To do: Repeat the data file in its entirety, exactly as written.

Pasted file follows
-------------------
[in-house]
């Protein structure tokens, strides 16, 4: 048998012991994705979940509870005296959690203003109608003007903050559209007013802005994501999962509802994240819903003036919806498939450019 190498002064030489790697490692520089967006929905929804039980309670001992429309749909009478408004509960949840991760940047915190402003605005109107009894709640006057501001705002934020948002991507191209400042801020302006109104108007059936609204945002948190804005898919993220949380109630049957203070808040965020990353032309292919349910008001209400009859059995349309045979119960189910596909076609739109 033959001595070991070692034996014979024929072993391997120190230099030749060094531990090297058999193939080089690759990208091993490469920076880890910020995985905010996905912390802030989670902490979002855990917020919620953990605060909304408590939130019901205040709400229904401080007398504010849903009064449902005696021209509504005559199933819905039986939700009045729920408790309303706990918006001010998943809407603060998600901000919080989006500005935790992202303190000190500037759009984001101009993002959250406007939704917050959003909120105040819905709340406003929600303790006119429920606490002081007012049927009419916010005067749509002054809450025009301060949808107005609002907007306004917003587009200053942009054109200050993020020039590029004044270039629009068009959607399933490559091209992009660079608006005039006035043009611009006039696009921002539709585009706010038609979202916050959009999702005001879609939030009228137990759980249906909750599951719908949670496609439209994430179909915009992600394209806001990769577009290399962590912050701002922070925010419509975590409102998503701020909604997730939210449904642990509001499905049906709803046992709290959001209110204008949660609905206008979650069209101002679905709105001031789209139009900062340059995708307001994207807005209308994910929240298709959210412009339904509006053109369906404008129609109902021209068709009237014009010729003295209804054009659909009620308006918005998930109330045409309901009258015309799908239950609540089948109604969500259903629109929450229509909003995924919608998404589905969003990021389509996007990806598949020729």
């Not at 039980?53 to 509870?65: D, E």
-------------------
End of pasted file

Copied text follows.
[in-house]
């Protein structure tokens, strides 16, 4: 048998012991994705979940509870005296959690203003109608003007903050559209007013802005994501999962509802994240819903003036919806498939450019 190498002064030489790697490692520089967006929905929804039980309670001992429309749909009478408004509960949840991760940047915190402003605005109107009894709640006057501001705002934020948002991507191209400042801020302006109104108007059936609204945002948190804005898919993220949380109630049957203070808040965020990353032309292919349910008001209400009859059995349309045979119960189910596909076609739109 033959001595070991070692034996014979024929072993391997120190230099030749060094531990090297058999193939080089690759990208091993490469920076880890910020995985905010996905912390802030989670902490979002855990917020919620953990605060909304408590939130019901205040709400229904401080007398504010849903009064449902005696021209509504005559199933819905039986939700009045729920408790309303706990918006001010998943809407603060998600901000919080989006500005935790992202303190000190500037759009984001101009993002959250406007939704917050959003909120105040819905709340406003929600303790006119429920606490002081007012049927009419916010005067749509002054809450025009301060949808107005609002907007306004917003587009200053942009054109200050993020020039590029004044270039629009068009959607399933490559091209992009660079608006005039006035043009611009006039696009921002539709585009706010038609979202916050959009999702005001879609939030009228137990759980249906909750599951719908949670496609439209994430179909915009992600394209806001990769577009290399962590912050701002922070925010419509975590409102998503701020909604997730939210449904642990509001499905049906709803046992709290959001209110204008949660609905206008979650069209101002679905709105001031789209139009900062340059995708307001994207807005209308994910929240298709959210412009339904509006053109369906404008129609109902021209068709009237014009010729003295209804054009659909009620308006918005998930109330045409309901009258015309799908239950609540089948109604969500259903629109929450229509909003995924919608998404589905969003990021389509996007990806598949020729």
């Not at 039980?53 to 509870?65: D, E």